YA High Fantasy
November 10, 2020
Publisher: FyreSyde Publishing
King Athan vanishes at sea. His children, prince Thalos and princess Thara, drift apart with age, their kingdom falling into ruin. Thalos stubbornly clings to the past; Thara, resentful of her father, looks to the future. In the wake of this decline, a beautiful enchantress usurps the throne from the estranged siblings. She exiles Thalos to the edge of the world and slowly
enslaves Thara’s mind.
In his exile, Thalos finds another castaway—an old comrade of his father. Together they begin a voyage in search of the lost king. Thara, meanwhile, resists the new queen’s coercive spells and finds a resistance of creatures still loyal to her father.
With a vast world of enchanted islands and beings between them, Thalos and Thara struggle to restore their family and rekindle the hope of the true king’s return.
Then an even stranger sight drew Thalos’ eyes away from the wintry beauty of this new
land. It was a thing made of hewn stones. When these stones were cut and by whom was beyond
the Prince’s guess, for they were old and mossy. Brown grasses and weeds splintered the once-
seamless joints of the blocks.
For miles around, there was neither sight nor sound of any living thing, which lent a
mysterious air to the stone structure and the strange land. A hundred questions sprang up in
Thalos’ mind, but only one thing was certain—powerful magic hung around this place, a magic
older than the stones themselves. At the same time, it felt novel and gave Thalos the excitement
of discovering something that no man had ever seen.
He nervously stretched a hand toward the stones. As his fingertips made contact, they
twitched and withdrew—the stones were frigid!
The structure was large and cylindrical and taller than a man. Ancient hands had
smoothed it, so that now it looked like the bottom portion of a column, except that around this
drum of stone wound a little stairway which expired near the rim. Thalos ascended the steps
running his hands along the column of stone as he neared the top. It wasn’t perfectly smooth, for
veins of uneven ridges rippled on its surface.
With soft, padding footfalls, he climbed the steps until they ended abruptly in a small
landing just high enough from the ground that Thalos could lean over and look at the top of this
edifice. Thalos was shocked when he reached the top; it was more than a mere column of
stone—it was a well.
What was more, it was a well of what seemed to be the purest, crystalline water that he
had ever set eyes upon—purer than mountain snowmelt running through a bed of stones at the
beginning of spring. It glimmered with a light of its own, for the morning sun had not yet risen
so high as to shine its light over the brim of the ancient fountain.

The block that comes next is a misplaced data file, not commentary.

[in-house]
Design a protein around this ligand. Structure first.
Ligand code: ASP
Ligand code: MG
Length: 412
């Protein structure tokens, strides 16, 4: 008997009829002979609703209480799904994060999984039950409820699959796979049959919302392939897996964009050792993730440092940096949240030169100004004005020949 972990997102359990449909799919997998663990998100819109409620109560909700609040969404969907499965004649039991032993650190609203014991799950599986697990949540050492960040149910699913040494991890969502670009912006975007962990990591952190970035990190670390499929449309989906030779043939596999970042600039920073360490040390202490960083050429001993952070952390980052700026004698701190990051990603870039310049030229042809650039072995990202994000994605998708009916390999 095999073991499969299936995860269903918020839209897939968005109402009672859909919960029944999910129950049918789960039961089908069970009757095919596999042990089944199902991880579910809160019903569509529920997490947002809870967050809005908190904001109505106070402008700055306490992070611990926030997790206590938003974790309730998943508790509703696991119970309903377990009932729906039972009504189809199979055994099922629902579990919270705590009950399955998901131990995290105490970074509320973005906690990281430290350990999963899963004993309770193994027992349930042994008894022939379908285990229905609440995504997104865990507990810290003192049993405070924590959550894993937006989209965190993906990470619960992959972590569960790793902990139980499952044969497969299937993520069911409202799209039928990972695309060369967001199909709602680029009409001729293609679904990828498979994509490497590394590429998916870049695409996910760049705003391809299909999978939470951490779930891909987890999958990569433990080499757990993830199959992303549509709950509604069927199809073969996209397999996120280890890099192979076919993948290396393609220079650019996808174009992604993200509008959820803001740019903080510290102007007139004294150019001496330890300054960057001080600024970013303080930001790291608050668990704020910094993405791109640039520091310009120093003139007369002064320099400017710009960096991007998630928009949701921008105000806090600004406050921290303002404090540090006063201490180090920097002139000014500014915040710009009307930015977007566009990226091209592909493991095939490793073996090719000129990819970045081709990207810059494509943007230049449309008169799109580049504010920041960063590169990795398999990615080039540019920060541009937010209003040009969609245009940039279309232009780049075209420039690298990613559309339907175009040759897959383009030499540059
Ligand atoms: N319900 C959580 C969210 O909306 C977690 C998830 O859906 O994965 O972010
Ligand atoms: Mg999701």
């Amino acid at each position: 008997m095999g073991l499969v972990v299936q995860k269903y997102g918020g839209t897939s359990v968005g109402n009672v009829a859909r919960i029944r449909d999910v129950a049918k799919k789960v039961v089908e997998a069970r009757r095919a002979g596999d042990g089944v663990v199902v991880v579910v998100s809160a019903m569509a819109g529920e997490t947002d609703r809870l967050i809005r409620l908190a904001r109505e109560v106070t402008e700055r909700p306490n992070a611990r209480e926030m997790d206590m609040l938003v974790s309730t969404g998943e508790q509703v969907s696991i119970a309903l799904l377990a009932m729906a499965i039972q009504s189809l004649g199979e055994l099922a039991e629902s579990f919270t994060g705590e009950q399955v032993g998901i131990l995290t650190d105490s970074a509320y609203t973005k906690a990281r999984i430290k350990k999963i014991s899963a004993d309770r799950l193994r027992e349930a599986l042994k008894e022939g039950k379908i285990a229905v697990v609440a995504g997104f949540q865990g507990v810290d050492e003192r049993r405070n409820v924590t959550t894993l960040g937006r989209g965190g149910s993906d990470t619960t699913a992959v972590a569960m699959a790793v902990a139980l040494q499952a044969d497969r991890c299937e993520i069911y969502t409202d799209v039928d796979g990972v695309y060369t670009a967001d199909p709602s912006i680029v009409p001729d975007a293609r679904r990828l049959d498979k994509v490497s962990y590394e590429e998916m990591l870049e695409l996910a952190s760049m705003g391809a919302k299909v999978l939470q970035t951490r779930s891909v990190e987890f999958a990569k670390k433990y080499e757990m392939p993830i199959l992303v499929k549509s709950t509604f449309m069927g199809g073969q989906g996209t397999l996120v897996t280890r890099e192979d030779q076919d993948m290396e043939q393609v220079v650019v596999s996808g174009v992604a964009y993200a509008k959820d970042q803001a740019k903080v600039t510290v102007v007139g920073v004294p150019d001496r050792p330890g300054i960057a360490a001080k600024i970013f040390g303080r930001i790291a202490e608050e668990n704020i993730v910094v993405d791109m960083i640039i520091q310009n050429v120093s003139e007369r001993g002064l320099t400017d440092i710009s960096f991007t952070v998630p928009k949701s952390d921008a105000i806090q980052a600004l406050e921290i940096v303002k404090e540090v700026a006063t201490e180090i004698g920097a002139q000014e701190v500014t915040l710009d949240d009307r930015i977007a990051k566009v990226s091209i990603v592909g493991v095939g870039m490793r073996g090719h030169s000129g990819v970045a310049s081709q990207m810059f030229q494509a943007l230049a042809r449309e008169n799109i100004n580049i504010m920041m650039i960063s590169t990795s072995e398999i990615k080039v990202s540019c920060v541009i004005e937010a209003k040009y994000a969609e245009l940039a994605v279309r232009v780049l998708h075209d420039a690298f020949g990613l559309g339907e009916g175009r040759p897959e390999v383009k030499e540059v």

It beckoned to Thalos, not in the lustful way that strong liquor calls to a drunk, but the
way a warm bed promises health and rest to one who has traveled all day through bitter weather.
So, with little hesitation, Thalos dipped his hand into the water.
An electric jolt shot up his hand and arm. It was cold, but not too painful. He cupped
enough for a little sip, brought it to his lips, and immediately was refreshed.
Here was true water—not the poison of Sundra. All other waters he had ever tasted were
like bitter, brackish sludge compared to this!
When he had swallowed this drink (and it took only one sip to make him feel full and
refreshed), he looked out to his right over the vista that it seemed no Antaranisian eye had ever
seen. He felt a strange sensation course through his veins, penetrating—it seemed—to his very
soul. Before this, his body had ached with the dull pains of hunger, soreness, and worse
yet—despair; despair so deep and heavy that it felt as if it had been with him from birth. A new
sensation replaced this despair at once. Was it hope? Or something like it? Hope so deep and
true it made even the rising sun seem new! Now darkness must flee before the triumphant sun, an
immortal light conquering the shadows of night. It was rapturous.
About the Author
Frazier Alexander lives in Denton, Texas with his wife Nicole.
He began writing around the age of nine, inspired by movies such as The Lord of the Rings, Star Wars, and “sword-and-sandal” epics like Jason and the Argonauts. As a reader, his interests gravitate towards older works and the classics, such as Homer’s Iliad and Odyssey, Virgil’s Aeneid, Beowulf, and Le Morte D’Arthur. Along with creating his own mythological backdrop for his stories, Frazier is an amateur calligrapher, map-maker, and artist.